“Are you okay, baby?” he asks. Scott stands up and comes over to me so that we are side by side. “It’s sore,” she says, except she is slurring so it sounds more like it’sh shaw. “You think you’re funny, getting frisky with another man’s woman?” he asks. “Hey, now,” Scott says. “He was just trying to help. She’s had a little more than she can handle.” “Stay out of it, asshole,” the guy sneers at Scott. I shake my head, pissed off now. First, his girlfriend is a problem, and now it’s escalating into name-calling. Just another night out, it seems. What am I? An asshole-magnet? “That’s not necessary,” I say. “It’s nothing more than a misunderstanding.” “Oh yeah?” the guy says, and he looks just as pissed as I feel. Maybe he had a lot to drink, too. “Come on now, let’s just talk about this,” Scott says, holding up his hands in a defensive gesture. The guy turns away a little, shaking his head. He spins around and his fist flies out, hooking me in the jaw. For a moment, I see stars, and I fall backward and crash into someone else. I’m aware of Scott jumping the guy and the drunk girl screaming above the music. It doesn’t take me too long to recover. The guy had only clipped my jaw and done no real damage. “Sorry,” I say to whoever is behind me. Scott is in a full-on fist fight with this guy. The girl is still screaming, and I become aware of the bouncers circling us. We’ve attracted a crowd, and there are phones out. This is going to get ugly, whether we carry on fighting or get banned from the club. I want to get in a hit before we are thrown out. I run toward them and jump up, punching the guy in the nose over Scott’s shoulder. None of us can do more damage. One moment, our attacker is angry, with blood blooming from his nose, and the next, we are all being dragged out by security, my knuckles throbbing. We are thrown into the road outside, and all that is missing from the way we’ve been discarded is the bouncers dusting their hands before turning around and walking away.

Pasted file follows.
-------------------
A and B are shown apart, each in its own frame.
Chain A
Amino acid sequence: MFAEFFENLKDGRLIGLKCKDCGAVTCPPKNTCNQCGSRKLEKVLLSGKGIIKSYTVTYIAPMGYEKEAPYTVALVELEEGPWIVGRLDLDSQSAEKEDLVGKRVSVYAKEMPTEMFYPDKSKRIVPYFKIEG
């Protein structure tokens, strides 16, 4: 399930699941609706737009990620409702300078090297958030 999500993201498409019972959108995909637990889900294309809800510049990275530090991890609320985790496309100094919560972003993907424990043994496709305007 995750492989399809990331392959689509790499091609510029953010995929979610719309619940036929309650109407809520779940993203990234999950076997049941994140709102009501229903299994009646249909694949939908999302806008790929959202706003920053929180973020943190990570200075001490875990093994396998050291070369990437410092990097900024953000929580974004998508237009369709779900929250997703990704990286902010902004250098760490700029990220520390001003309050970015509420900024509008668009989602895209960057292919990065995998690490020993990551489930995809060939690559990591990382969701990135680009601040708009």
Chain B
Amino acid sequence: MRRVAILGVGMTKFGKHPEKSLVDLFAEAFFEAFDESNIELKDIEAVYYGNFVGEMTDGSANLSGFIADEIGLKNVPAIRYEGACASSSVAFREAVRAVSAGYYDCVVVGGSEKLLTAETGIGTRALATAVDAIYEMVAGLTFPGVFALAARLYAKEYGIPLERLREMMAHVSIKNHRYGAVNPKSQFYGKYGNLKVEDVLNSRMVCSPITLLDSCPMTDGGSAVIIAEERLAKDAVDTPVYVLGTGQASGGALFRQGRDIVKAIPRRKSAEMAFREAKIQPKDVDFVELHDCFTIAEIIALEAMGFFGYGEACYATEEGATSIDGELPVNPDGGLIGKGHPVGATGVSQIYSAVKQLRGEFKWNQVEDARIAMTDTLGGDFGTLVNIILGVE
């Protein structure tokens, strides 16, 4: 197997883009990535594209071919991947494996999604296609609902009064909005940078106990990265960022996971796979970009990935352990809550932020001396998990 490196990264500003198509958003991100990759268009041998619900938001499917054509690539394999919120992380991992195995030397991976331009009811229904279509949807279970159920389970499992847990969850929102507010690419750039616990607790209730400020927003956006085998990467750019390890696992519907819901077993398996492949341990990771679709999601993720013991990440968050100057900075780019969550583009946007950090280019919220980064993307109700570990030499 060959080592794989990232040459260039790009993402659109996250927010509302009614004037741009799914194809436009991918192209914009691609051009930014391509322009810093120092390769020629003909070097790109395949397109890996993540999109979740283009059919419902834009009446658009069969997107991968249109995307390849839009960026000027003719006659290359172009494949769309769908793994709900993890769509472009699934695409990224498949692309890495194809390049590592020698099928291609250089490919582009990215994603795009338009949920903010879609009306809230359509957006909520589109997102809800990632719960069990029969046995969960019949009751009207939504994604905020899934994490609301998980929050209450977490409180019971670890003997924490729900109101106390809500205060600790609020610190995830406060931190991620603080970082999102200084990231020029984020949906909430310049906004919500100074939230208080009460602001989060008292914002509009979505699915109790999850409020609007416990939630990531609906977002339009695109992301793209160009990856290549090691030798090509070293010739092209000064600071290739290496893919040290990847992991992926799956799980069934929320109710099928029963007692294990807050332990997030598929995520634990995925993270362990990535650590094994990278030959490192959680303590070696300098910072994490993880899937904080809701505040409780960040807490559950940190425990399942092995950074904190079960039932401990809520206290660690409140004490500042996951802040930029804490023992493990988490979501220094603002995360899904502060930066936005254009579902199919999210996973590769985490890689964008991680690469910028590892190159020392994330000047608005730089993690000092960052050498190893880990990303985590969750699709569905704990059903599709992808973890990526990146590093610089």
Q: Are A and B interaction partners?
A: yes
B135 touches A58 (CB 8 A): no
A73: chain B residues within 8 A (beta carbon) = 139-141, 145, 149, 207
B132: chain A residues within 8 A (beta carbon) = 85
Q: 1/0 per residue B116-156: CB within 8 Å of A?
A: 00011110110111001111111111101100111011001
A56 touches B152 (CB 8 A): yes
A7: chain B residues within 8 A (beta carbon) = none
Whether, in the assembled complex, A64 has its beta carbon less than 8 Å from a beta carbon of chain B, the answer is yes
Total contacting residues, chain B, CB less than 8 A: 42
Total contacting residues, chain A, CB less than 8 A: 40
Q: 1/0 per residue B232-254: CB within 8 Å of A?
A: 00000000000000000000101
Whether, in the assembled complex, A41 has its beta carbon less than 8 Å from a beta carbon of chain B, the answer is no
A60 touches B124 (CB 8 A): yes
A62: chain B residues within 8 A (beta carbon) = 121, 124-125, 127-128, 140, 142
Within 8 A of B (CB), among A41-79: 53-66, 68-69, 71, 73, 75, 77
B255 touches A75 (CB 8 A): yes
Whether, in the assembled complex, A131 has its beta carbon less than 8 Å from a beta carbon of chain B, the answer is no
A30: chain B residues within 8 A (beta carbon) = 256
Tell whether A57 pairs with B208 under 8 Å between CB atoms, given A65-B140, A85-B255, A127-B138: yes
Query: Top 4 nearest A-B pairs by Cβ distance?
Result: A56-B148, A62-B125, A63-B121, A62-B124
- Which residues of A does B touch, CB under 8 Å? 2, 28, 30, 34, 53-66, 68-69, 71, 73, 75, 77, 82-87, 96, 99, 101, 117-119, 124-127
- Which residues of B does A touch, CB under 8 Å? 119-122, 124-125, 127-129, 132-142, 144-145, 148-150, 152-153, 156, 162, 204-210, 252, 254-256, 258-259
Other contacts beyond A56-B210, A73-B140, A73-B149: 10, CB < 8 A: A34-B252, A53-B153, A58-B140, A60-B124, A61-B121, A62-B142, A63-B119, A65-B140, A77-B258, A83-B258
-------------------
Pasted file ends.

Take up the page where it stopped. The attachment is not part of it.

I push myself up from the asphalt and get to my feet. “Well, that wasn’t humiliating,” Scott says. I shake my head. “At least we still got it.” Scott laughs, and we high-five like teenagers. “Let’s get out of here,” I say. “I have to get home, anyway. I want to hit the gym in the morning, and my body is not going to like the whiskey as it is.” Scott nods. “I’ll see you in the gym bright and early then, bro.” * * * On Monday morning, I leave my apartment dressed in my suit and tie, ready to take on the week, when my phone rings. “Meyers,” I say, holding the phone against my ear. “Kevin,” a deep voice says. I recognize Mr. Franklin Hull right away. He is one of my investors, one of the most important members on the board, and I deal with him directly most of the time. “Mr. Hull,” I say. “I trust you’re well?” If there is anyone whose ass I have to kiss, it’s Hull’s. “I’m not as well as I’d like to be, Kevin,” he says, and his voice is serious. Oh shit, what happened now? “What can I do to fix it?” I ask. “You can tell me why the hell I’m supposed to invest in a person who ends up in the tabloids for a fist fight in a club. This is work, not a playground. We’re all adults trying to achieve something here.” “Of course, Mr. Hull,” I say, thinking feverishly. “It’s all one big misunderstanding.” “Well, then you can explain yourself in our meeting at nine.” Shit. They are calling me in for a meeting. What a way to start the week. When he hangs up without saying goodbye, I get in my car and open Twitter. It doesn’t take me long to find the link to the post where a crude photo of me and Scott is posted alongside a photo with two security guys and the guy with the bloody nose. Fuck. I’m in the tabloids for this shit? It had to be one of those assholes who stood around us with the cellphones. What am I going to do, now?